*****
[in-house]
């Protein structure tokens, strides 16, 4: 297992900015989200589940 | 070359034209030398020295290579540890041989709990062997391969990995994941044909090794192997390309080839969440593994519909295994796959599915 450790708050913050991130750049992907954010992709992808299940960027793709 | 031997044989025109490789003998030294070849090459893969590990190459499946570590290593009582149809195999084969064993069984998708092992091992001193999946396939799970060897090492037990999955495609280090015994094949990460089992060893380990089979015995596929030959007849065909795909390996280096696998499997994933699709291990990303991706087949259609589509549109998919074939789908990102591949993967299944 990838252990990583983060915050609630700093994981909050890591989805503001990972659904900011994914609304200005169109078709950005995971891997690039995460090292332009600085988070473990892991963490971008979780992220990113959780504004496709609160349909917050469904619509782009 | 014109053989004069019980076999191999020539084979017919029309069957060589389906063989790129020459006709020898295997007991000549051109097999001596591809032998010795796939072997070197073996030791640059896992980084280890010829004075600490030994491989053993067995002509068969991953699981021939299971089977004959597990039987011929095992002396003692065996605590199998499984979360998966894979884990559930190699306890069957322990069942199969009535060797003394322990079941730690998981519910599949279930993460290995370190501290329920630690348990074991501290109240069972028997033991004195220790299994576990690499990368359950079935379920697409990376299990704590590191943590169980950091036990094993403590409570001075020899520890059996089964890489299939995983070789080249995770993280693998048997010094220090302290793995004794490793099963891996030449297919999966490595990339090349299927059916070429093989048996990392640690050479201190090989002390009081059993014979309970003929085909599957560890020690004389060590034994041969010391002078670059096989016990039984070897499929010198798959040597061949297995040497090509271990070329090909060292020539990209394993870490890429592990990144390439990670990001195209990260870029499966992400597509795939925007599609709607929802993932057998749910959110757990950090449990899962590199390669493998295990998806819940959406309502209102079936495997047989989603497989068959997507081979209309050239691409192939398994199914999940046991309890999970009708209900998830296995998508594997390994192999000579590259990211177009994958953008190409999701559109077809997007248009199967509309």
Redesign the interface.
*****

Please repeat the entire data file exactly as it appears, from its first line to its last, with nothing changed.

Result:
[in-house]
């Protein structure tokens, strides 16, 4: 297992900015989200589940 | 070359034209030398020295290579540890041989709990062997391969990995994941044909090794192997390309080839969440593994519909295994796959599915 450790708050913050991130750049992907954010992709992808299940960027793709 | 031997044989025109490789003998030294070849090459893969590990190459499946570590290593009582149809195999084969064993069984998708092992091992001193999946396939799970060897090492037990999955495609280090015994094949990460089992060893380990089979015995596929030959007849065909795909390996280096696998499997994933699709291990990303991706087949259609589509549109998919074939789908990102591949993967299944 990838252990990583983060915050609630700093994981909050890591989805503001990972659904900011994914609304200005169109078709950005995971891997690039995460090292332009600085988070473990892991963490971008979780992220990113959780504004496709609160349909917050469904619509782009 | 014109053989004069019980076999191999020539084979017919029309069957060589389906063989790129020459006709020898295997007991000549051109097999001596591809032998010795796939072997070197073996030791640059896992980084280890010829004075600490030994491989053993067995002509068969991953699981021939299971089977004959597990039987011929095992002396003692065996605590199998499984979360998966894979884990559930190699306890069957322990069942199969009535060797003394322990079941730690998981519910599949279930993460290995370190501290329920630690348990074991501290109240069972028997033991004195220790299994576990690499990368359950079935379920697409990376299990704590590191943590169980950091036990094993403590409570001075020899520890059996089964890489299939995983070789080249995770993280693998048997010094220090302290793995004794490793099963891996030449297919999966490595990339090349299927059916070429093989048996990392640690050479201190090989002390009081059993014979309970003929085909599957560890020690004389060590034994041969010391002078670059096989016990039984070897499929010198798959040597061949297995040497090509271990070329090909060292020539990209394993870490890429592990990144390439990670990001195209990260870029499966992400597509795939925007599609709607929802993932057998749910959110757990950090449990899962590199390669493998295990998806819940959406309502209102079936495997047989989603497989068959997507081979209309050239691409192939398994199914999940046991309890999970009708209900998830296995998508594997390994192999000579590259990211177009994958953008190409999701559109077809997007248009199967509309």
Redesign the interface.